Former Patriot and Cancer Survivor Andruzzi Striding Beyond Football


Former Patriot and Cancer Survivor Andruzzi Striding Beyond Football Joe Andruzzi had been gearing up to get his football career back on track. In May 2007, two weeks after getting cut by the Browns, Andruzzi was in Cleveland working out at a local gym preparing to make a couple of visits with teams around the NFL.

But there was this biting pain in his stomach that grew excruciatingly worse by the day.

“I just started getting some stomach pains,” Andruzzi said Thursday, the first day of the eighth annual WEEI/NESN Jimmy Fund Radio-Telethon. “It wasn’t normal. I just told my wife I wanted to see a doctor.”

After a series of tests were inconclusive, Andruzzi had a CAT Scan on his stomach on May 16, 2007, which found a large tumor spread through his abdominal area and wrapped around his colon. It was an extremely rare form of Non-Hodgkin’s Lymphoma called Burkitt’s Lymphoma, a very aggressive type of cancer that can double in size within 24 hours.

Andruzzi, a New England Patriots guard from 2000-04, was no longer fighting for his next contract. Rather, he was getting ready to fight for his life.

The Andruzzi family still had ties to the New England area and decided to move back to their old house — which they still owned and previously loaned to a close family on the rebound after they had lost their own house to a fire — and Andruzzi wanted to go for treatment at Boston’s finest hospitals.

Andruzzi called another family, the Buckleys, whom he helped just five years earlier as their son, C.J. Buckley, battled cancer. The Buckleys put Andruzzi in contact with Dr. David Fisher of the Dana-Farber Cancer Institute, and June 1 — two weeks after his diagnosis — Andruzzi began chemotherapy.

“I was in the hospital for 50-plus days,” Andruzzi said. “It was a very intense protocol which required sometimes five to 10 straight days of chemo, on top of being sick and totally running my body down. Here I was trying to play another year in the NFL, and a month later, I couldn’t get out of bed. It was tough [on my] part, and also tough on my whole family. My wife was in charge of four kids, the family health and also the move back to Massachusetts here.”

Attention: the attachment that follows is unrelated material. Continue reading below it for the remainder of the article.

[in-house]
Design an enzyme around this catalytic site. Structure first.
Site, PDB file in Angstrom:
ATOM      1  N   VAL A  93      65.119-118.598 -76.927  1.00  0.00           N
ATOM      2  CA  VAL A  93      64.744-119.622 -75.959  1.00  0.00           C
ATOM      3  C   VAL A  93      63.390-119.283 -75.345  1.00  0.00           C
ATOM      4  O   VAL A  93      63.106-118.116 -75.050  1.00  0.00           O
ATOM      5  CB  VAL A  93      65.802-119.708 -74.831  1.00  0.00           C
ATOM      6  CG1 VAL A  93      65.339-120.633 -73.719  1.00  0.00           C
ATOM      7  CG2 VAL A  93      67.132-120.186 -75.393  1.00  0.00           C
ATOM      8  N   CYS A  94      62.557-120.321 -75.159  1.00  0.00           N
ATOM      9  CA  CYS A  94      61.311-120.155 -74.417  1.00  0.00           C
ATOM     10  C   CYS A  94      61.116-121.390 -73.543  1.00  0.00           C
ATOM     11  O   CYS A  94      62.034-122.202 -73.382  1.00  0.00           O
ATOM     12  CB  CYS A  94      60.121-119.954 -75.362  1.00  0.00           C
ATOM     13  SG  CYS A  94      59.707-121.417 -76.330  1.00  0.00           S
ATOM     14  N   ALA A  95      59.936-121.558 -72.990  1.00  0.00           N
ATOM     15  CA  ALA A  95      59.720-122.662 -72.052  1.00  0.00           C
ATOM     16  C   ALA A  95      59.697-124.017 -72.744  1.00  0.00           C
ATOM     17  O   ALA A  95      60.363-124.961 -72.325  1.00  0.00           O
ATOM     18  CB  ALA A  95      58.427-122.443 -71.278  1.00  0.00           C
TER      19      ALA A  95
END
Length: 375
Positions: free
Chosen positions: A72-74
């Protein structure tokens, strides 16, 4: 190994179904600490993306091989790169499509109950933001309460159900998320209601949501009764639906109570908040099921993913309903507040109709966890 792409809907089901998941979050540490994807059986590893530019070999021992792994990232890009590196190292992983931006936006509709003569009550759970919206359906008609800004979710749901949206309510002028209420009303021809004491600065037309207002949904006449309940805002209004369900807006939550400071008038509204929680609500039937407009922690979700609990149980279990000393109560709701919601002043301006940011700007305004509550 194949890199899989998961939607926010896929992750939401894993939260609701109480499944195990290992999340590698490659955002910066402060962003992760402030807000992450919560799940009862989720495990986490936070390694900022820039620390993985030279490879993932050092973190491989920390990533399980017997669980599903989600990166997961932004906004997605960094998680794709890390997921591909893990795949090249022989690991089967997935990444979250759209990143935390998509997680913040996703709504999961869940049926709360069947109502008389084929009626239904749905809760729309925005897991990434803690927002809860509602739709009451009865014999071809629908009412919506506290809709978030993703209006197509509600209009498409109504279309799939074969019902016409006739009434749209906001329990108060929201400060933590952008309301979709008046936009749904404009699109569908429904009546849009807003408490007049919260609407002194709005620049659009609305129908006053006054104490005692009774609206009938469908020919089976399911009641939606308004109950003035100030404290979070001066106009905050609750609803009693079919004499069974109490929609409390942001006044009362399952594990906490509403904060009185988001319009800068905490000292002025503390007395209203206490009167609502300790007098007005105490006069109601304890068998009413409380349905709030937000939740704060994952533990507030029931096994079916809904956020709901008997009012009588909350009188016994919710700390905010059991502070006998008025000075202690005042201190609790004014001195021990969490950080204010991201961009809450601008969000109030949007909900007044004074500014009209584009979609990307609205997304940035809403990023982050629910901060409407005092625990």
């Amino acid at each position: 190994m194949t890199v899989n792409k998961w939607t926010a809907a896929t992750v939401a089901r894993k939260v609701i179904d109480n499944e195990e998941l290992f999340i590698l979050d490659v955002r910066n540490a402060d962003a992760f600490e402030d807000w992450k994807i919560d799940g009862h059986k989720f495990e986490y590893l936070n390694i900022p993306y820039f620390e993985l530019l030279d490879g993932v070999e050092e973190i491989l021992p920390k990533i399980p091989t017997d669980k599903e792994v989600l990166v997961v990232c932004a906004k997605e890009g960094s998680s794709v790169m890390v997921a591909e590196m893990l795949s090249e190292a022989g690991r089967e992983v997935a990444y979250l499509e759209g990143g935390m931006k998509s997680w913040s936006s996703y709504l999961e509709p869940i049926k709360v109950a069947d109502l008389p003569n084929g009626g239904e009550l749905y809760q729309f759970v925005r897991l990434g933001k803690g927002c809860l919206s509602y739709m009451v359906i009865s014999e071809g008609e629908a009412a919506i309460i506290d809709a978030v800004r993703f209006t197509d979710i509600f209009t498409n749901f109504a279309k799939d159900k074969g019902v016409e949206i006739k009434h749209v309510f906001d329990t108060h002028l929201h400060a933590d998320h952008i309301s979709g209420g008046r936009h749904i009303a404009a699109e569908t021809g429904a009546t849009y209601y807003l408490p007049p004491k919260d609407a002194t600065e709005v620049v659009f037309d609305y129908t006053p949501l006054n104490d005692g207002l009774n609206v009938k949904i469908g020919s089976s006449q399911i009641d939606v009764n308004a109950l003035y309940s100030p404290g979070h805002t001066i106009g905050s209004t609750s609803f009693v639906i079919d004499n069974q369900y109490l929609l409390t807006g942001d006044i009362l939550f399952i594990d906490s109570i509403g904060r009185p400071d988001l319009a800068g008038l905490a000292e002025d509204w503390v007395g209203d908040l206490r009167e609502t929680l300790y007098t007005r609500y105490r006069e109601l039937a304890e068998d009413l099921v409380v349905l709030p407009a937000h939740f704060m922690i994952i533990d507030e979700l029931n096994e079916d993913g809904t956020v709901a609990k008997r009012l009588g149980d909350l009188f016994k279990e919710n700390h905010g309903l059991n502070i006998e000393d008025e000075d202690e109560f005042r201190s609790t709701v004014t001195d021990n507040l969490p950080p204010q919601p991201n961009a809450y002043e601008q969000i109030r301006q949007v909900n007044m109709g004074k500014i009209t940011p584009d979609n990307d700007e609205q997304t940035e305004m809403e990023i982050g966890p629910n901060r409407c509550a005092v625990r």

Obviously, it was a trying time for the Andruzzis, but they were helped through the ordeal with the support of a close circle of friends. Andruzzi loves to draw upon the phrase, “What goes around comes around.”

Prior to the Patriots’ 2001 training camp at Bryant College in Rhode Island, Joe and Jen Andruzzi were approached at BJ’s Wholesale Club by an aunt of C.J. Buckley. She told the Andruzzis her story and asked if there was any way they could help C.J., a teenage Patriots fan who was fighting brain cancer. Andruzzi invited C.J. to a day at camp, introduced him to the whole team during practice and got him a bunch of autographs.

“When you’re going through a tough situation like that, whether you’re a kid or an adult, you try to get their mind off things for a day,” said Andruzzi, who also raised money to help the Buckleys afford their medical bills. “It picked his spirits up a little bit. Then, both families became very close. His aunt is now like my kids’ aunt. His parents are like my kids’ aunt and uncle now. We’re very close. They’re a great family.”